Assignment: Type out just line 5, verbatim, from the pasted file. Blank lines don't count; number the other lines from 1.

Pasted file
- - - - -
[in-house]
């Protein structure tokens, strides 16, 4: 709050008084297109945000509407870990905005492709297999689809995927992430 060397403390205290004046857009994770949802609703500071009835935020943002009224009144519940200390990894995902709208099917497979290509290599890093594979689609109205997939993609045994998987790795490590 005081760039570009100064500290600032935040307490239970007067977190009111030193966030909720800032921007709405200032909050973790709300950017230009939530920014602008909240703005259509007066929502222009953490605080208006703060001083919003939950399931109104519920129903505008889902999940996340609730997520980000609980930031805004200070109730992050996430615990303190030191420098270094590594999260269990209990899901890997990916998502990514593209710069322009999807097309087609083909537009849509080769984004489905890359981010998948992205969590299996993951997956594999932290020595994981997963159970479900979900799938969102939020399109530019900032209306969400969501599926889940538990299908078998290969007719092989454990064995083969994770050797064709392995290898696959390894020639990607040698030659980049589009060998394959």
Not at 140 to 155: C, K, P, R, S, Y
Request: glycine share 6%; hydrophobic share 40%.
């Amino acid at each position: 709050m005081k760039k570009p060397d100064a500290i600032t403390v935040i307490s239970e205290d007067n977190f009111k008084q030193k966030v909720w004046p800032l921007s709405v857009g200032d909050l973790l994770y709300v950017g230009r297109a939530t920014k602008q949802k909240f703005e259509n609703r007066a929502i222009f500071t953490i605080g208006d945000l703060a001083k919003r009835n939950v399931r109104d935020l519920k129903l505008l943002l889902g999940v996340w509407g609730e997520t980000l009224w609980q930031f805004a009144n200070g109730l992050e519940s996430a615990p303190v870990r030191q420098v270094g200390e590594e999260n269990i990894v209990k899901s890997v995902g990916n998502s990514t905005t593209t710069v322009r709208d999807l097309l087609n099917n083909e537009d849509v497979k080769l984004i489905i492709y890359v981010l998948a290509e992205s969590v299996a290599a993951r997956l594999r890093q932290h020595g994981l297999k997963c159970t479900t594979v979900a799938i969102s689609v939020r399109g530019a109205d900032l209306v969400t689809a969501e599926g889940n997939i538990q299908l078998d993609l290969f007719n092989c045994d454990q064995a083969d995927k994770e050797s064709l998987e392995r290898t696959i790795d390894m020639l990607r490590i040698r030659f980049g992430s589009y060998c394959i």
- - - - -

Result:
């Amino acid at each position: 709050m005081k760039k570009p060397d100064a500290i600032t403390v935040i307490s239970e205290d007067n977190f009111k008084q030193k966030v909720w004046p800032l921007s709405v857009g200032d909050l973790l994770y709300v950017g230009r297109a939530t920014k602008q949802k909240f703005e259509n609703r007066a929502i222009f500071t953490i605080g208006d945000l703060a001083k919003r009835n939950v399931r109104d935020l519920k129903l505008l943002l889902g999940v996340w509407g609730e997520t980000l009224w609980q930031f805004a009144n200070g109730l992050e519940s996430a615990p303190v870990r030191q420098v270094g200390e590594e999260n269990i990894v209990k899901s890997v995902g990916n998502s990514t905005t593209t710069v322009r709208d999807l097309l087609n099917n083909e537009d849509v497979k080769l984004i489905i492709y890359v981010l998948a290509e992205s969590v299996a290599a993951r997956l594999r890093q932290h020595g994981l297999k997963c159970t479900t594979v979900a799938i969102s689609v939020r399109g530019a109205d900032l209306v969400t689809a969501e599926g889940n997939i538990q299908l078998d993609l290969f007719n092989c045994d454990q064995a083969d995927k994770e050797s064709l998987e392995r290898t696959i790795d390894m020639l990607r490590i040698r030659f980049g992430s589009y060998c394959i």